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Floor Colloquy between Rep. John Lewis (D-GA) and Chairman John Olver (D-MA) on Occupant Vehicle Ejection Safety Standards

H.R. 3074, Transportation, Housing and Urban Development Appropriations Act, 2008 Floor Colloquy between Rep. John Lewis (D-GA) and Chairman John Olver (D-MA) on Occupant Vehicle Ejection Safety Standards

Mr. LEWIS of Georgia. Mr. Chairman, I rise today to engage in a colloquy with the chairman of the subcommittee. The chairman has been a long-time advocate in improving safety standards in our Nation's transportation system. I appreciate his willingness to include report language regarding occupant ejection and motor coach and school bus standards in this legislation.

In March, a horrific accident occurred in my district when a bus carrying the Bluffton University men's baseball team crashed on Interstate 75 in Atlanta, Georgia, en route to a tournament in Florida. Six people were killed and 29 others were injured.

That week, Dr. Jeffrey Solomone from Grady Hospital's trauma center, where most of the victims were treated in Atlanta, called my office outraged. He knew that their deaths could have been prevented if they were simply wearing seat belts. Imagine working to save young lives when you knew their injuries were caused not from impact but from being thrown from the vehicle.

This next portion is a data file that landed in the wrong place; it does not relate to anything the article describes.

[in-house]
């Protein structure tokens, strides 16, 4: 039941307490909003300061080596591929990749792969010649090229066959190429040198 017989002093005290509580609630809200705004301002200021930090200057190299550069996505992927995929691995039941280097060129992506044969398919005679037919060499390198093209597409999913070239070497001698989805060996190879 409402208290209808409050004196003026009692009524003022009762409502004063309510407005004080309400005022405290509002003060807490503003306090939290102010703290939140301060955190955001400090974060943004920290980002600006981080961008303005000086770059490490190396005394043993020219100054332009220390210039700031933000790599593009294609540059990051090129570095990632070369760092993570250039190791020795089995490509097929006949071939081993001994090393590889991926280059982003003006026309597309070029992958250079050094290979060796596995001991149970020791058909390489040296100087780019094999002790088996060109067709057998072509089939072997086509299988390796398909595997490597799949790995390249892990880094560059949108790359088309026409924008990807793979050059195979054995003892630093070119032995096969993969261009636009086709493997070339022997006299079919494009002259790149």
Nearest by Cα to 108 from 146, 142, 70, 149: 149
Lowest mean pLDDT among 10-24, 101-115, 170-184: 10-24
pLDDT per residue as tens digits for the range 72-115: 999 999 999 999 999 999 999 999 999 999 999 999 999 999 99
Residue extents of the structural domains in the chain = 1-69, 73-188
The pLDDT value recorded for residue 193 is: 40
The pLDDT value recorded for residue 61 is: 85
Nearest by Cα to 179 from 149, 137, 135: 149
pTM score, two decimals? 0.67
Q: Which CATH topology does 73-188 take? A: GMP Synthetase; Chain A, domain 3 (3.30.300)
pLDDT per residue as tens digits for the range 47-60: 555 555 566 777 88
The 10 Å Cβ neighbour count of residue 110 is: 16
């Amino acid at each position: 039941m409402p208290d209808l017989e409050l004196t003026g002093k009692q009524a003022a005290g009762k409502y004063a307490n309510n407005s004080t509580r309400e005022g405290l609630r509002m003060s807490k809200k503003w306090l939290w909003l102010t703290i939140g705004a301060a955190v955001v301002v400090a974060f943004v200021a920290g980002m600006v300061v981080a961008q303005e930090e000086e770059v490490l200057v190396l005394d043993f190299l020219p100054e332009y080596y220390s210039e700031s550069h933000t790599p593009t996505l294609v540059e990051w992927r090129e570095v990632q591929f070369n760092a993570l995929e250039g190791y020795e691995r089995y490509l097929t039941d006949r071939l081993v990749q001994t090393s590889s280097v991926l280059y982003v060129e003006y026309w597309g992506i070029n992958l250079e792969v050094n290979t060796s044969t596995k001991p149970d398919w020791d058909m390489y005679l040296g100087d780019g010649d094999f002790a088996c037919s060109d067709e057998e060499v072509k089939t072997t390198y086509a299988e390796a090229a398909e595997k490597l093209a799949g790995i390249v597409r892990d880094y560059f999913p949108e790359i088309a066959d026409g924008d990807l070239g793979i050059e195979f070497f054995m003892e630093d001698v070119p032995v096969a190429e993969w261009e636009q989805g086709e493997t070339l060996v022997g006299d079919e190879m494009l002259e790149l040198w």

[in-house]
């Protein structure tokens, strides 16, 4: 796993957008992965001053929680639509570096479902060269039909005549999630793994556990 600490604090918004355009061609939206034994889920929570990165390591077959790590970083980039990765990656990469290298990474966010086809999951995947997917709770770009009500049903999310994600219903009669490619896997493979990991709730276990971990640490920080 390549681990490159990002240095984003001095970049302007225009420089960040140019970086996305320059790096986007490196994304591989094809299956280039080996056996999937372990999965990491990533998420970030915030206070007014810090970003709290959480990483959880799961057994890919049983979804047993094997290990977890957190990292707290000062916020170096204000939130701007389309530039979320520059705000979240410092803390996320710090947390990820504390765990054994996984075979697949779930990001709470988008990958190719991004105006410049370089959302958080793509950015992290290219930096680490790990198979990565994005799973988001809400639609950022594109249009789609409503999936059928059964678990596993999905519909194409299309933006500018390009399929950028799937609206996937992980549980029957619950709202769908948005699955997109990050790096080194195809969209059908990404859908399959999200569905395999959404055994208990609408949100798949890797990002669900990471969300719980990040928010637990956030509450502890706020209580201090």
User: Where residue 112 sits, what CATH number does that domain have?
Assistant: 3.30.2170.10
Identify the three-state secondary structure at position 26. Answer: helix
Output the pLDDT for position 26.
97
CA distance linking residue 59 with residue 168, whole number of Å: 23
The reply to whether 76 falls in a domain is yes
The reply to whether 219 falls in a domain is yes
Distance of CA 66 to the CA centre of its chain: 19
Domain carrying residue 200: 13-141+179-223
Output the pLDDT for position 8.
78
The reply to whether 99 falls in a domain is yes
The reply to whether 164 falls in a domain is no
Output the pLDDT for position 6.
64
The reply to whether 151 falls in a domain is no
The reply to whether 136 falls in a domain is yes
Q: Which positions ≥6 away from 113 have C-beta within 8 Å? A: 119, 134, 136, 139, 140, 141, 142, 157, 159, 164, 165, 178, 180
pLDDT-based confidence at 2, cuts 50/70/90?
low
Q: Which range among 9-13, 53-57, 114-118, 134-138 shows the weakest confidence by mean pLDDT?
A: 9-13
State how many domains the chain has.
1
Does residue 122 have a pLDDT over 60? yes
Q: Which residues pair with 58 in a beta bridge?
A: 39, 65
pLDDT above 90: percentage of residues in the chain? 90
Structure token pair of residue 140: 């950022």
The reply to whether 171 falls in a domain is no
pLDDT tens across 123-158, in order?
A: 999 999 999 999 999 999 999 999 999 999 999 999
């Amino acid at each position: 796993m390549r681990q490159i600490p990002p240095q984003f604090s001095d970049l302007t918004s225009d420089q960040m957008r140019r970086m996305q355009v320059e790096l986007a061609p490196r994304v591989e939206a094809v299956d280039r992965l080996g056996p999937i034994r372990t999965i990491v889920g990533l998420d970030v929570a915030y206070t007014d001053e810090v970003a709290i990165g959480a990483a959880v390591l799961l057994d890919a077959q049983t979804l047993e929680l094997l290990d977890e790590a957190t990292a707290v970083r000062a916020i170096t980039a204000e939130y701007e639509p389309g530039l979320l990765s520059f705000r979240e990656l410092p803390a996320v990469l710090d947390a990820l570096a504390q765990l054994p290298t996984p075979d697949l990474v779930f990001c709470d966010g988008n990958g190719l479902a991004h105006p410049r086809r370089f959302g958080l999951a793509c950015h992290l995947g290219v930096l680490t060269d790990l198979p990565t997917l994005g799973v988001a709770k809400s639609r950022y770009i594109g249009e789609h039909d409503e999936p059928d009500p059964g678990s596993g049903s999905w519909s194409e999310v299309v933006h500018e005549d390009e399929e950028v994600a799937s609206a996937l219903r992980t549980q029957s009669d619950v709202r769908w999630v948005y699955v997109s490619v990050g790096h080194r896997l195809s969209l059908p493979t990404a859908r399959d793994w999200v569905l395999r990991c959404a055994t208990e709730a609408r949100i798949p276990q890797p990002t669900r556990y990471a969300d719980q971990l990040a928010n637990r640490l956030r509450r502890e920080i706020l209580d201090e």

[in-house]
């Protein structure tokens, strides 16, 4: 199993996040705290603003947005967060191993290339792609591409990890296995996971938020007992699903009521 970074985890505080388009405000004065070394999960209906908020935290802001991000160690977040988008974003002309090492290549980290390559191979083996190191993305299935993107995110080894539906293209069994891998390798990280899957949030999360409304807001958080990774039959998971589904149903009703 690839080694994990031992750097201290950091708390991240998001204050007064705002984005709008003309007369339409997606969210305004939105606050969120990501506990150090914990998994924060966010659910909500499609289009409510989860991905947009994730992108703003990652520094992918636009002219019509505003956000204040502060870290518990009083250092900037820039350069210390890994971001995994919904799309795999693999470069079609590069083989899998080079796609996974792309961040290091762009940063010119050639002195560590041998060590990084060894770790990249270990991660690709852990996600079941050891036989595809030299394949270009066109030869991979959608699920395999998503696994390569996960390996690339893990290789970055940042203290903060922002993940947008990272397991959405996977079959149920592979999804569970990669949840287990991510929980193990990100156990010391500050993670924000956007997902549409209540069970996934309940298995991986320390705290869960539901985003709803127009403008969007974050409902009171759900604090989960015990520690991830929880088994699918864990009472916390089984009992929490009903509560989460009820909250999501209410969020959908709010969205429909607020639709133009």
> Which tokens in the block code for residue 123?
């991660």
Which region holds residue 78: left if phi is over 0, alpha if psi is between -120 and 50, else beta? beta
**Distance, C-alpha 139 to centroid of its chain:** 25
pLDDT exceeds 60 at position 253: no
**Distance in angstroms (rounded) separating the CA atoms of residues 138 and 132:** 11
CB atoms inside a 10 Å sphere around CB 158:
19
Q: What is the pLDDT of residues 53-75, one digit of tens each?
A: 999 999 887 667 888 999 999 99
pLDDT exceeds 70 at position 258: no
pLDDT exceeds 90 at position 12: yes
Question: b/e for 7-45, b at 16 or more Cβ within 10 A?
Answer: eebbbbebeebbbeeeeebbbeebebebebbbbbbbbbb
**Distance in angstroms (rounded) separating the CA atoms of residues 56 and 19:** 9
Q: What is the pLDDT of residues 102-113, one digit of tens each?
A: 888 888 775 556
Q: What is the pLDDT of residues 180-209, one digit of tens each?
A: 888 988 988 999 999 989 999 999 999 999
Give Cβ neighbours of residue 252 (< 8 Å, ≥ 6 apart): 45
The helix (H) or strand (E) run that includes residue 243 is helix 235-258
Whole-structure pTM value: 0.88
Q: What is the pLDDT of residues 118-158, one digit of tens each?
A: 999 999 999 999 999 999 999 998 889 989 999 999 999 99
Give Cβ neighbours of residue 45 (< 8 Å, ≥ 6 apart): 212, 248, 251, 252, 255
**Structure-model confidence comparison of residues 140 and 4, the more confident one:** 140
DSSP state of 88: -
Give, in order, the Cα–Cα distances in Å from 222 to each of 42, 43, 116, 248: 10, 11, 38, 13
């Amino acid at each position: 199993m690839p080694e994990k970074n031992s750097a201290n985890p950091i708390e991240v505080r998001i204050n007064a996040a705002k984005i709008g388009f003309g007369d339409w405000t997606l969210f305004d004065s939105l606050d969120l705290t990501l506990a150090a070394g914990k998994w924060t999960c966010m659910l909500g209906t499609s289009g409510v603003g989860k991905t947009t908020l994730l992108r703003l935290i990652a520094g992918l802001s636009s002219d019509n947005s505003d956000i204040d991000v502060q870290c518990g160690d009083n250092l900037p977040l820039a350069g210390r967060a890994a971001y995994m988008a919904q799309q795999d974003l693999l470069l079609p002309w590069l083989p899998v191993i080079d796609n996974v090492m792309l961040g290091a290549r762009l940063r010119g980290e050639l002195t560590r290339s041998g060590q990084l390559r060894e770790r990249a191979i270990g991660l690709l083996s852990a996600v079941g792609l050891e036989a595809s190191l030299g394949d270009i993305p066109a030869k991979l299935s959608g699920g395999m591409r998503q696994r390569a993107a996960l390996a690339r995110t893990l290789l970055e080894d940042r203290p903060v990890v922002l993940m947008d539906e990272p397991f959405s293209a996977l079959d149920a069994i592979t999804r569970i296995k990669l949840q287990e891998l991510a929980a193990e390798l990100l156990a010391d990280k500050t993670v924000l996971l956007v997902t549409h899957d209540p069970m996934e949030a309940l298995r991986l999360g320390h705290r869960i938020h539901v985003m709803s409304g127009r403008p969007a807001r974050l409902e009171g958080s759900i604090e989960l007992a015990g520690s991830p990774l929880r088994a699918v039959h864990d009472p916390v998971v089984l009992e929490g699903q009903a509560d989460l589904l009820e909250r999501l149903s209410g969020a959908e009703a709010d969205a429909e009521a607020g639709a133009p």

Last year, two teenage girls were killed in a similar accident in Beaumont, Texas. Advocates and family members accurately highlighted that the National Transportation Safety Board recommended that the National Highway Traffic Safety Administration develop a safety standard in 1999.

In 2005, the SAFETEA-LU legislation reiterated this request and called for a national standard to be developed no later than October 1, 2009. I applaud the committee for demanding a status report on these standards. Simply said, it should not take 10 years to figure out a way to save lives. How much longer must we wait until a simple regulation is developed?

Mr. OLVER. Mr. Chairman, I want to assure the gentleman from Georgia that this and other important safety standards are the utmost priority of the committee, as they have been all of the years I have served on, earlier, the Transportation Subcommittee and now the Transportation and Housing and Urban Development Subcommittee.

Occupant ejection prevention is critical to saving lives. Motor coach and school bus accidents are not necessarily commonplace, but when these tragedies occur, they shake the Nation to its core. The committee highlighted that motor vehicle crashes are a leading cause of death for young Americans, and strong safety standards are the cornerstone to protecting American lives.

I appreciate the gentleman's attention to this issue, and I remain committed, as will the committee, to ensuring that NHTSA meets this and subsequent deadlines to develop national standards that save lives in an expeditious manner.

Mr. LEWIS of Georgia. I look forward to continuing to work with the gentleman to make sure that we do not have to wait until the last possible moment in 2009 for changes to be made.

I want to thank the gentleman from Massachusetts and his staff for working so hard on this legislation and making a commitment to safety and security on America's roads.

Mr. OLVER. I would just comment it should be possible to get out this kind of regulation earlier than October 1, 2009. We will see what we can do about that.

Mr. LEWIS of Georgia. I thank the gentleman.